HAVE MI­CROPLAS­TICS AL­READY BEEN EATEN By US?

Asian Geographic - - SCIENCE -

Even with all the data from ex­per­i­ments about how nano- and mi­croplas­tics get into our en­vi­ron­ment and our food, the most con­vinc­ing rea­son for elim­i­nat­ing plas­tics from wide­spread use is per­haps the re­cent dis­cov­ery of mi­croplas­tics within the stool sam­ples of hu­mans.

Re­searchers from the Med­i­cal Uni­ver­sity of Vi­enna and the En­vi­ron­ment Agency Aus­tria, led by Dr. Philipp Sch­w­abl, a gas­troen­terol­o­gist from the uni­ver­sity, re­vealed how the team con­ducted a hu­man stool ex­per­i­ment:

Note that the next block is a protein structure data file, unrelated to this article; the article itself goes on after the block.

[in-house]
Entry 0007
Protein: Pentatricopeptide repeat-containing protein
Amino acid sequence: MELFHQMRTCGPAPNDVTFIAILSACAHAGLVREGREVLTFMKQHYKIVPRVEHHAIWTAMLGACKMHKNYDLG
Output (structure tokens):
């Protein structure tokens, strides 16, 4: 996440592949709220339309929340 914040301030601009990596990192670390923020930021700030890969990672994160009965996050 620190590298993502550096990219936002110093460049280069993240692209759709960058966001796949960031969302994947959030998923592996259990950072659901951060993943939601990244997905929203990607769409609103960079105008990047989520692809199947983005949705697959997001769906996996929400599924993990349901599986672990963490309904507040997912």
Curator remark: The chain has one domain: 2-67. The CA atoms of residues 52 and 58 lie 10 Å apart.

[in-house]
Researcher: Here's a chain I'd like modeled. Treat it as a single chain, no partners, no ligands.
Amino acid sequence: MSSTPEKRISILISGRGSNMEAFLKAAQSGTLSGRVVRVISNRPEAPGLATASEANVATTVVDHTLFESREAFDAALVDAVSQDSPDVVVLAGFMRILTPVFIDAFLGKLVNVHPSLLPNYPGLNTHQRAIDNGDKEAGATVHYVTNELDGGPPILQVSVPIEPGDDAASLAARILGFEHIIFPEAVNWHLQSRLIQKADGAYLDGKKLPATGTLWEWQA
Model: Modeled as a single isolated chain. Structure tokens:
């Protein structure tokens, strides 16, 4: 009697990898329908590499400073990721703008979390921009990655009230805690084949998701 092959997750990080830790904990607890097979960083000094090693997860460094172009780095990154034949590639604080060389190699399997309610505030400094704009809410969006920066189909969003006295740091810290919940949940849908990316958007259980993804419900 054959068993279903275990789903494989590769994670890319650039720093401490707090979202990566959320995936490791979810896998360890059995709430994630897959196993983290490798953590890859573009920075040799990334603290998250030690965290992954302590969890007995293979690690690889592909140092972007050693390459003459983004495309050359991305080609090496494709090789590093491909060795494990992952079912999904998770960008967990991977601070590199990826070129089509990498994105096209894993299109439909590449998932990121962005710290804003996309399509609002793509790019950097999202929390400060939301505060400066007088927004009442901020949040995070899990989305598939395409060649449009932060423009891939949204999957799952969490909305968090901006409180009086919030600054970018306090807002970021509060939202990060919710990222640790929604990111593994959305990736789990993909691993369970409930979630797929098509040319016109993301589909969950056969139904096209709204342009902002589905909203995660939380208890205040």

Aged be­tween 33 and 65 years oldNine different types of mi­croplas­tics sized be­tween 50 and 500 mi­crome­tres were found.

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